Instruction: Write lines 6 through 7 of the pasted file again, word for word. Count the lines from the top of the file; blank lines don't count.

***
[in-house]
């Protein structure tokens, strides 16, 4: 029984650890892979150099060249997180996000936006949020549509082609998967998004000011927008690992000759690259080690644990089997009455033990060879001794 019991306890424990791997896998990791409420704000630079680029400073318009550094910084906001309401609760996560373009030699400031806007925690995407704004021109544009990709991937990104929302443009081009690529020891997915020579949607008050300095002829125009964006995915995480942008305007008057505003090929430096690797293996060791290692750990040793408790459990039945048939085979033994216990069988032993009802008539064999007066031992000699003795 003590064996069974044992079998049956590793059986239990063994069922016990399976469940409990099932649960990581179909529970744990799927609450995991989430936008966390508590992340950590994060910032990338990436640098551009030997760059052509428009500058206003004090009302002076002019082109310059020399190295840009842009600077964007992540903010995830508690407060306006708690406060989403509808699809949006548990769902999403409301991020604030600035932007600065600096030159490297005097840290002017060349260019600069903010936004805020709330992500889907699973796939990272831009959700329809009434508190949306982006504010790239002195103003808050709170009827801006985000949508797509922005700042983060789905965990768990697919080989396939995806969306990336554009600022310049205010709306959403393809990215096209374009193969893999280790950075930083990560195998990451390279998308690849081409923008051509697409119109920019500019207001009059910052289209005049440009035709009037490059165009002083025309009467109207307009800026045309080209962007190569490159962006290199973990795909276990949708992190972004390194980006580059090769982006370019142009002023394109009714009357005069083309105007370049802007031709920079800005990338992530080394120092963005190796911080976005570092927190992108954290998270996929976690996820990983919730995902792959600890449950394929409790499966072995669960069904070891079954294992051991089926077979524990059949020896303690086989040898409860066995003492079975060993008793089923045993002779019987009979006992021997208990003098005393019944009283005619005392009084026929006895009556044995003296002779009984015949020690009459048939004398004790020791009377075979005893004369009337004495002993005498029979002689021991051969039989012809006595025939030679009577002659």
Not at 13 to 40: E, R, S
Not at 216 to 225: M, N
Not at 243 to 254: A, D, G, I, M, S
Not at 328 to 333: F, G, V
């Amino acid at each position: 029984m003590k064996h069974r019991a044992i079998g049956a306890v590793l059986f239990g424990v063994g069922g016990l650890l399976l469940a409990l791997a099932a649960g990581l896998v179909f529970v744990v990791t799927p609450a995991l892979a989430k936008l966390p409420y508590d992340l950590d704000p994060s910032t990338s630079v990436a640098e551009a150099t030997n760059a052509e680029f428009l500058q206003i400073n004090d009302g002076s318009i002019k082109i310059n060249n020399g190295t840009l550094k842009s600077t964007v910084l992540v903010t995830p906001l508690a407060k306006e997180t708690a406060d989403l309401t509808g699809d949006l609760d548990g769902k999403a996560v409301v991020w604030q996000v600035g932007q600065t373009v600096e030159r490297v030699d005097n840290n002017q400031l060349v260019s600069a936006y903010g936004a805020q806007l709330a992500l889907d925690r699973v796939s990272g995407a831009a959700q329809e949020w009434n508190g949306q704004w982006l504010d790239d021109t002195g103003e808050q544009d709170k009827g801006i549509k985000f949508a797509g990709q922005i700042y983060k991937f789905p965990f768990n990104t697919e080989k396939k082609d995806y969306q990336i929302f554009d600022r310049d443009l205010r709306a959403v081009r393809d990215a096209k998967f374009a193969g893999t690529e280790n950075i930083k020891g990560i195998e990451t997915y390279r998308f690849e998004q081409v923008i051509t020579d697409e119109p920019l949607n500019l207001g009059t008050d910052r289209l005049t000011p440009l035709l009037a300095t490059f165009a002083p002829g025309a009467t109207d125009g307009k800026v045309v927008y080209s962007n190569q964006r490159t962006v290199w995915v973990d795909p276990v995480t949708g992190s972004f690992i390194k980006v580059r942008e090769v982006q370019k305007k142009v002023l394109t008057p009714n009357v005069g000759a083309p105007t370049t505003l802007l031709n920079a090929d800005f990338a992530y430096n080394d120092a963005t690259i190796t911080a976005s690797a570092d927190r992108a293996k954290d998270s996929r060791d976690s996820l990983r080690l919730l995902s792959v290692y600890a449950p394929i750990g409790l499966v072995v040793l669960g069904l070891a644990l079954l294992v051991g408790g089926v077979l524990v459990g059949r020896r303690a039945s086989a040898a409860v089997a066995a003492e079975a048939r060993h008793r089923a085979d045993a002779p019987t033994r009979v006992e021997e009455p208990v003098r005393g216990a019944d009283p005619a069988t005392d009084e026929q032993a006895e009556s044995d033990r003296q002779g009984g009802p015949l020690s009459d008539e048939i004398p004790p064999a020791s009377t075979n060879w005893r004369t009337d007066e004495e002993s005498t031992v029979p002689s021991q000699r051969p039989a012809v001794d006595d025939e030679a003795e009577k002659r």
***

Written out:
Not at 328 to 333: F, G, V
């Amino acid at each position: 029984m003590k064996h069974r019991a044992i079998g049956a306890v590793l059986f239990g424990v063994g069922g016990l650890l399976l469940a409990l791997a099932a649960g990581l896998v179909f529970v744990v990791t799927p609450a995991l892979a989430k936008l966390p409420y508590d992340l950590d704000p994060s910032t990338s630079v990436a640098e551009a150099t030997n760059a052509e680029f428009l500058q206003i400073n004090d009302g002076s318009i002019k082109i310059n060249n020399g190295t840009l550094k842009s600077t964007v910084l992540v903010t995830p906001l508690a407060k306006e997180t708690a406060d989403l309401t509808g699809d949006l609760d548990g769902k999403a996560v409301v991020w604030q996000v600035g932007q600065t373009v600096e030159r490297v030699d005097n840290n002017q400031l060349v260019s600069a936006y903010g936004a805020q806007l709330a992500l889907d925690r699973v796939s990272g995407a831009a959700q329809e949020w009434n508190g949306q704004w982006l504010d790239d021109t002195g103003e808050q544009d709170k009827g801006i549509k985000f949508a797509g990709q922005i700042y983060k991937f789905p965990f768990n990104t697919e080989k396939k082609d995806y969306q990336i929302f554009d600022r310049d443009l205010r709306a959403v081009r393809d990215a096209k998967f374009a193969g893999t690529e280790n950075i930083k020891g990560i195998e990451t997915y390279r998308f690849e998004q081409v923008i051509t020579d697409e119109p920019l949607n500019l207001g009059t008050d910052r289209l005049t000011p440009l035709l009037a300095t490059f165009a002083p002829g025309a009467t109207d125009g307009k800026v045309v927008y080209s962007n190569q964006r490159t962006v290199w995915v973990d795909p276990v995480t949708g992190s972004f690992i390194k980006v580059r942008e090769v982006q370019k305007k142009v002023l394109t008057p009714n009357v005069g000759a083309p105007t370049t505003l802007l031709n920079a090929d800005f990338a992530y430096n080394d120092a963005t690259i190796t911080a976005s690797a570092d927190r992108a293996k954290d998270s996929r060791d976690s996820l990983r080690l919730l995902s792959v290692y600890a449950p394929i750990g409790l499966v072995v040793l669960g069904l070891a644990l079954l294992v051991g408790g089926v077979l524990v459990g059949r020896r303690a039945s086989a040898a409860v089997a066995a003492e079975a048939r060993h008793r089923a085979d045993a002779p019987t033994r009979v006992e021997e009455p208990v003098r005393g216990a019944d009283p005619a069988t005392d009084e026929q032993a006895e009556s044995d033990r003296q002779g009984g009802p015949l020690s009459d008539e048939i004398p004790p064999a020791s009377t075979n060879w005893r004369t009337d007066e004495e002993s005498t031992v029979p002689s021991q000699r051969p039989a012809v001794d006595d025939e030679a003795e009577k002659r």